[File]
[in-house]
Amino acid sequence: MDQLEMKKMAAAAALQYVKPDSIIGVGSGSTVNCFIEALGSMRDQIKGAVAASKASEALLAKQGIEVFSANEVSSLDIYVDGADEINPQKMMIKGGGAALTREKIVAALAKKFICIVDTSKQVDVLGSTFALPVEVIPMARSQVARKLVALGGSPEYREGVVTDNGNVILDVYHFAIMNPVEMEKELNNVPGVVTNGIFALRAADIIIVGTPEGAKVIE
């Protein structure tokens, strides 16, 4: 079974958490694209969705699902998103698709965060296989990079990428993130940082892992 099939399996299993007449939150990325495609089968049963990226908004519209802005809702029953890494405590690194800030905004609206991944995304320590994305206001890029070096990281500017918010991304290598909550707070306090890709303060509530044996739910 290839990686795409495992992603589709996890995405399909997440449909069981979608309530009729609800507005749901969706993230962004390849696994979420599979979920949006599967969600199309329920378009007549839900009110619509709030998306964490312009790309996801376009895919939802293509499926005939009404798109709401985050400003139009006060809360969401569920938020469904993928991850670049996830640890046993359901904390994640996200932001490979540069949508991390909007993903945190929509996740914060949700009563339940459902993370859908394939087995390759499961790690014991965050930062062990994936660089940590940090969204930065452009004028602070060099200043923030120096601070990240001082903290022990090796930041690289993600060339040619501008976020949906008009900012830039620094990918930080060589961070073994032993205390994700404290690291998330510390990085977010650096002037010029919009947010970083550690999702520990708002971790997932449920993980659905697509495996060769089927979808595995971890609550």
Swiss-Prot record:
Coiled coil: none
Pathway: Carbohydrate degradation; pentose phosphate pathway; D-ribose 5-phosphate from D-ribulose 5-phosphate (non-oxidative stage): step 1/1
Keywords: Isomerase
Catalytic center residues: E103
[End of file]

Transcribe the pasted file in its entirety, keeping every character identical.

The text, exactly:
[in-house]
Amino acid sequence: MDQLEMKKMAAAAALQYVKPDSIIGVGSGSTVNCFIEALGSMRDQIKGAVAASKASEALLAKQGIEVFSANEVSSLDIYVDGADEINPQKMMIKGGGAALTREKIVAALAKKFICIVDTSKQVDVLGSTFALPVEVIPMARSQVARKLVALGGSPEYREGVVTDNGNVILDVYHFAIMNPVEMEKELNNVPGVVTNGIFALRAADIIIVGTPEGAKVIE
């Protein structure tokens, strides 16, 4: 079974958490694209969705699902998103698709965060296989990079990428993130940082892992 099939399996299993007449939150990325495609089968049963990226908004519209802005809702029953890494405590690194800030905004609206991944995304320590994305206001890029070096990281500017918010991304290598909550707070306090890709303060509530044996739910 290839990686795409495992992603589709996890995405399909997440449909069981979608309530009729609800507005749901969706993230962004390849696994979420599979979920949006599967969600199309329920378009007549839900009110619509709030998306964490312009790309996801376009895919939802293509499926005939009404798109709401985050400003139009006060809360969401569920938020469904993928991850670049996830640890046993359901904390994640996200932001490979540069949508991390909007993903945190929509996740914060949700009563339940459902993370859908394939087995390759499961790690014991965050930062062990994936660089940590940090969204930065452009004028602070060099200043923030120096601070990240001082903290022990090796930041690289993600060339040619501008976020949906008009900012830039620094990918930080060589961070073994032993205390994700404290690291998330510390990085977010650096002037010029919009947010970083550690999702520990708002971790997932449920993980659905697509495996060769089927979808595995971890609550």
Swiss-Prot record:
Coiled coil: none
Pathway: Carbohydrate degradation; pentose phosphate pathway; D-ribose 5-phosphate from D-ribulose 5-phosphate (non-oxidative stage): step 1/1
Keywords: Isomerase
Catalytic center residues: E103